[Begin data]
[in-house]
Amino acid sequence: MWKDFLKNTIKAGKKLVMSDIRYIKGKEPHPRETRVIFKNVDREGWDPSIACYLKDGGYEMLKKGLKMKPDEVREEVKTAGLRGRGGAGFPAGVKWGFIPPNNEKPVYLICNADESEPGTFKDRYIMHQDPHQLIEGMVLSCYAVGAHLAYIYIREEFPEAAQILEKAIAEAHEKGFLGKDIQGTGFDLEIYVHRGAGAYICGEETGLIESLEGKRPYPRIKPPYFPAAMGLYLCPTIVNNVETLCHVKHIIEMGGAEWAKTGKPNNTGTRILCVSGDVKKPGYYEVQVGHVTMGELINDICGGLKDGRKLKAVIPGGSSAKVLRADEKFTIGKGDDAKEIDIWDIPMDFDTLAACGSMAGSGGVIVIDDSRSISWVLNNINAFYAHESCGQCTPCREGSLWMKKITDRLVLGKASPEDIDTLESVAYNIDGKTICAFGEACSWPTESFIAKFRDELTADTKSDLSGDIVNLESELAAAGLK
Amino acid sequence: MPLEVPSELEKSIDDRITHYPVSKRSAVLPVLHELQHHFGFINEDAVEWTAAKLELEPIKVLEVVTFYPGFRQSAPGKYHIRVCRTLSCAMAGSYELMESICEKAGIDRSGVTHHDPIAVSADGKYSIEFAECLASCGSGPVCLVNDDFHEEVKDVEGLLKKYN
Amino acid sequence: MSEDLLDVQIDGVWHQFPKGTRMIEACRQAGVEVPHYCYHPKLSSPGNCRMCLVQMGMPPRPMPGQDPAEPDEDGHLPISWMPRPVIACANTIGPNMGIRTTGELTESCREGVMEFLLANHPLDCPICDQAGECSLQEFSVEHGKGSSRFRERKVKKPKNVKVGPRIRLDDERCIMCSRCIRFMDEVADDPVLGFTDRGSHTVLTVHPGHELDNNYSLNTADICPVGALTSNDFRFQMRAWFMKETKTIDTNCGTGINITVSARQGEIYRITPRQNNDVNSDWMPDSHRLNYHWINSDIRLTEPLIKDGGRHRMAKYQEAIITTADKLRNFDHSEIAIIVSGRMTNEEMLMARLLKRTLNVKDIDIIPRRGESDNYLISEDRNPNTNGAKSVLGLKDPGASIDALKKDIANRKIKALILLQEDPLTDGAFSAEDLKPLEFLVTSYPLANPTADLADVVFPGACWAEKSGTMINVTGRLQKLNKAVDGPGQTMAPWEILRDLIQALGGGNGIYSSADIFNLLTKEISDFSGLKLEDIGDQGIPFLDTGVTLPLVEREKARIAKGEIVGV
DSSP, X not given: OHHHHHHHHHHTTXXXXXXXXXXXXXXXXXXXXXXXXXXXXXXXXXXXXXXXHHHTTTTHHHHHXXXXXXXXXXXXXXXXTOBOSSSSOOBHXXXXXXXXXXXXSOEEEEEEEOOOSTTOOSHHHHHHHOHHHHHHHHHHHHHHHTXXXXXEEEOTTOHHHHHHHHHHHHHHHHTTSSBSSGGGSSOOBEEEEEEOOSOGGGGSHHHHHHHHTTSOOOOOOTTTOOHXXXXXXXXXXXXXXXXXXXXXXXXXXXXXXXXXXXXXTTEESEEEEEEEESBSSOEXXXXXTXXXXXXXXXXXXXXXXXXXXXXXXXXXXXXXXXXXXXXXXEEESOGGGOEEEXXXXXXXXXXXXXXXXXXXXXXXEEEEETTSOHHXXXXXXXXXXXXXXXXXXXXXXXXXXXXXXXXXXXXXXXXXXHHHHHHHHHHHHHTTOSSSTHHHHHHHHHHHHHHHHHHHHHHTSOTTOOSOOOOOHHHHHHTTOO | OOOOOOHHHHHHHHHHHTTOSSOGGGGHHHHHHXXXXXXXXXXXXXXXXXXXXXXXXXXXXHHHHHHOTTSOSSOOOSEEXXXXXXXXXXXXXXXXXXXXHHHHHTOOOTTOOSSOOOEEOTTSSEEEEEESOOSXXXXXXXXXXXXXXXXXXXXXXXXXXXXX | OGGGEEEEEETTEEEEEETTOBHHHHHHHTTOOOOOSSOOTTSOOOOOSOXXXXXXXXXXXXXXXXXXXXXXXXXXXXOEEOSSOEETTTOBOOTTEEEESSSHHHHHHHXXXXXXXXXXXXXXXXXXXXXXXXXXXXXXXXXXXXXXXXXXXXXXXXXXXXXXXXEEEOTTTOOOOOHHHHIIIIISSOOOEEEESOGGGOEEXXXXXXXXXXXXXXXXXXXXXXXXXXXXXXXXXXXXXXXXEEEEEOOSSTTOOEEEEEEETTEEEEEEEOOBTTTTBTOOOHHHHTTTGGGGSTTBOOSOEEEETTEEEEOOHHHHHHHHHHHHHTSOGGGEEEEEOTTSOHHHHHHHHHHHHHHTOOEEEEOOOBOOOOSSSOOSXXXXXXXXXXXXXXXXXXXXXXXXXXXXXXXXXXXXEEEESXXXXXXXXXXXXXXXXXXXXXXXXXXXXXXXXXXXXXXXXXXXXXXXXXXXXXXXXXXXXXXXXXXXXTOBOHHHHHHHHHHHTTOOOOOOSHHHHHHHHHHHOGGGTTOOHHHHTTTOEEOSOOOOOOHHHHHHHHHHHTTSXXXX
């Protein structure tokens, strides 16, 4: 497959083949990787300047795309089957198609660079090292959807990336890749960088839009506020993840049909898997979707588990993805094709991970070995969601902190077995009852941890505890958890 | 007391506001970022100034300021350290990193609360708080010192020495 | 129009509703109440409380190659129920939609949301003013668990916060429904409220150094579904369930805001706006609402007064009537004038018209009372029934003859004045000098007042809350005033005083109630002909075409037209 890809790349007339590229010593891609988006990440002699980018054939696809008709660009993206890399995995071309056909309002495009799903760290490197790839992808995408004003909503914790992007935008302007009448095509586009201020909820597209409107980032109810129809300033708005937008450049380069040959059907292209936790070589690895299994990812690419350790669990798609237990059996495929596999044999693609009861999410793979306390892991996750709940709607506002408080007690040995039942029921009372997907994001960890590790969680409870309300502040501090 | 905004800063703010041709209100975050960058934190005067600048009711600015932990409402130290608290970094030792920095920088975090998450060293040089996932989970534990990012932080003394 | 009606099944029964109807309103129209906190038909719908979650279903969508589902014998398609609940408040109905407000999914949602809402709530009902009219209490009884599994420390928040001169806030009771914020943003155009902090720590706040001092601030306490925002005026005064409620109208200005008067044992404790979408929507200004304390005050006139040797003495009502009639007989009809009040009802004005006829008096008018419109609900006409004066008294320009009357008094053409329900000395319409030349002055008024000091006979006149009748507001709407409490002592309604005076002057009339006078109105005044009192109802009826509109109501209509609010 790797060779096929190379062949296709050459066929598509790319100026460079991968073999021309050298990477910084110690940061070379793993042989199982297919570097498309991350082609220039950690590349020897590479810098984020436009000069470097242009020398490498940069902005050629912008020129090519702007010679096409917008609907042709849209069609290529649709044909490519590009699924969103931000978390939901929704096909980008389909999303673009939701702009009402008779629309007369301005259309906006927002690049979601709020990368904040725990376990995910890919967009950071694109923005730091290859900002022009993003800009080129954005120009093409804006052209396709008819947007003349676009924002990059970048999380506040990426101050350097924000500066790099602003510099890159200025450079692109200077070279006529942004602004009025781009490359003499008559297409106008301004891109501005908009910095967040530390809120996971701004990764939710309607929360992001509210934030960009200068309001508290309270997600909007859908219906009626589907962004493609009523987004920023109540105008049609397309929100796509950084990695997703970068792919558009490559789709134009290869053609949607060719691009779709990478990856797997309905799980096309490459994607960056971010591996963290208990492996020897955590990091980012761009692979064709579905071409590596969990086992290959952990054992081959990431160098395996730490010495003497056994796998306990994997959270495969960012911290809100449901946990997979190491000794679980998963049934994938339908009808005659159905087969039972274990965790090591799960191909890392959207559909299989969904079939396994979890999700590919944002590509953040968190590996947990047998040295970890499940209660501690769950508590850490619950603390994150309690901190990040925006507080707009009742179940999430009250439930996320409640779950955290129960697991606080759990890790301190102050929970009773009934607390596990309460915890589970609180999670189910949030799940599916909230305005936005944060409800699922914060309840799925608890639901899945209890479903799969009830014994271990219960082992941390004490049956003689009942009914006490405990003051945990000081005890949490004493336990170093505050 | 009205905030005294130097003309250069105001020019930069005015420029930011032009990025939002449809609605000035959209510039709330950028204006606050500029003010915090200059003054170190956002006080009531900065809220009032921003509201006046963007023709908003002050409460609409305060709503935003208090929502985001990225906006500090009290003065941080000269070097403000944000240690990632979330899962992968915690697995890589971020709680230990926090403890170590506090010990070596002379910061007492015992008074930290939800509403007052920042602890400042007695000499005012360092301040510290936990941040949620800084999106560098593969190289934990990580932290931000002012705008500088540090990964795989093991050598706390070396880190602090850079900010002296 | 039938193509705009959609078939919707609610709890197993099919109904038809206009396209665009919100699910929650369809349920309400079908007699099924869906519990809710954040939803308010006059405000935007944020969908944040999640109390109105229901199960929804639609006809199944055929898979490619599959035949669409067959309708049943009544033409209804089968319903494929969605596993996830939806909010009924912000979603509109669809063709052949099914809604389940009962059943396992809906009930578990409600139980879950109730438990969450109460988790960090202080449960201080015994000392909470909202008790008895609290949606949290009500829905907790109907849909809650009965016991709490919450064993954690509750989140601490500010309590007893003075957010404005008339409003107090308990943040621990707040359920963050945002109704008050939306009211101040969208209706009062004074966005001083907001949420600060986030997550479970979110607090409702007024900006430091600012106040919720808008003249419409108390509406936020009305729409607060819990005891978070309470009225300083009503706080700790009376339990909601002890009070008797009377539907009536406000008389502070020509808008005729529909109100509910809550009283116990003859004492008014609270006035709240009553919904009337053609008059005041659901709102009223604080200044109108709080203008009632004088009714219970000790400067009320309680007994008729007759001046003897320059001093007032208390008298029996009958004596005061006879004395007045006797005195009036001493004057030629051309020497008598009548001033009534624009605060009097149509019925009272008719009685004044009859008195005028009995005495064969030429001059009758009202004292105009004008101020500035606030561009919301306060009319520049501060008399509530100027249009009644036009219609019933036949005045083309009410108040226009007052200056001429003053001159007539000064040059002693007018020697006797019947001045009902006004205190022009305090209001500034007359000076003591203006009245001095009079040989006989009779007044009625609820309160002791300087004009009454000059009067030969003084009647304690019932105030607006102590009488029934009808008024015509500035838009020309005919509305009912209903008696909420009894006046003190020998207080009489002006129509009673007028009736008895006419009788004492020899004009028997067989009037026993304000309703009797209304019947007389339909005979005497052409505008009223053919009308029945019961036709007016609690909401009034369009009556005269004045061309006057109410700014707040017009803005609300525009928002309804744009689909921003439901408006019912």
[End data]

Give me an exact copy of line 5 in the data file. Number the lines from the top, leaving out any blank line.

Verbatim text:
DSSP, X not given: OHHHHHHHHHHTTXXXXXXXXXXXXXXXXXXXXXXXXXXXXXXXXXXXXXXXHHHTTTTHHHHHXXXXXXXXXXXXXXXXTOBOSSSSOOBHXXXXXXXXXXXXSOEEEEEEEOOOSTTOOSHHHHHHHOHHHHHHHHHHHHHHHTXXXXXEEEOTTOHHHHHHHHHHHHHHHHTTSSBSSGGGSSOOBEEEEEEOOSOGGGGSHHHHHHHHTTSOOOOOOTTTOOHXXXXXXXXXXXXXXXXXXXXXXXXXXXXXXXXXXXXXTTEESEEEEEEEESBSSOEXXXXXTXXXXXXXXXXXXXXXXXXXXXXXXXXXXXXXXXXXXXXXXEEESOGGGOEEEXXXXXXXXXXXXXXXXXXXXXXXEEEEETTSOHHXXXXXXXXXXXXXXXXXXXXXXXXXXXXXXXXXXXXXXXXXXHHHHHHHHHHHHHTTOSSSTHHHHHHHHHHHHHHHHHHHHHHTSOTTOOSOOOOOHHHHHHTTOO | OOOOOOHHHHHHHHHHHTTOSSOGGGGHHHHHHXXXXXXXXXXXXXXXXXXXXXXXXXXXXHHHHHHOTTSOSSOOOSEEXXXXXXXXXXXXXXXXXXXXHHHHHTOOOTTOOSSOOOEEOTTSSEEEEEESOOSXXXXXXXXXXXXXXXXXXXXXXXXXXXXX | OGGGEEEEEETTEEEEEETTOBHHHHHHHTTOOOOOSSOOTTSOOOOOSOXXXXXXXXXXXXXXXXXXXXXXXXXXXXOEEOSSOEETTTOBOOTTEEEESSSHHHHHHHXXXXXXXXXXXXXXXXXXXXXXXXXXXXXXXXXXXXXXXXXXXXXXXXXXXXXXXXEEEOTTTOOOOOHHHHIIIIISSOOOEEEESOGGGOEEXXXXXXXXXXXXXXXXXXXXXXXXXXXXXXXXXXXXXXXXEEEEEOOSSTTOOEEEEEEETTEEEEEEEOOBTTTTBTOOOHHHHTTTGGGGSTTBOOSOEEEETTEEEEOOHHHHHHHHHHHHHTSOGGGEEEEEOTTSOHHHHHHHHHHHHHHTOOEEEEOOOBOOOOSSSOOSXXXXXXXXXXXXXXXXXXXXXXXXXXXXXXXXXXXXEEEESXXXXXXXXXXXXXXXXXXXXXXXXXXXXXXXXXXXXXXXXXXXXXXXXXXXXXXXXXXXXXXXXXXXXTOBOHHHHHHHHHHHTTOOOOOOSHHHHHHHHHHHOGGGTTOOHHHHTTTOEEOSOOOOOOHHHHHHHHHHHTTSXXXX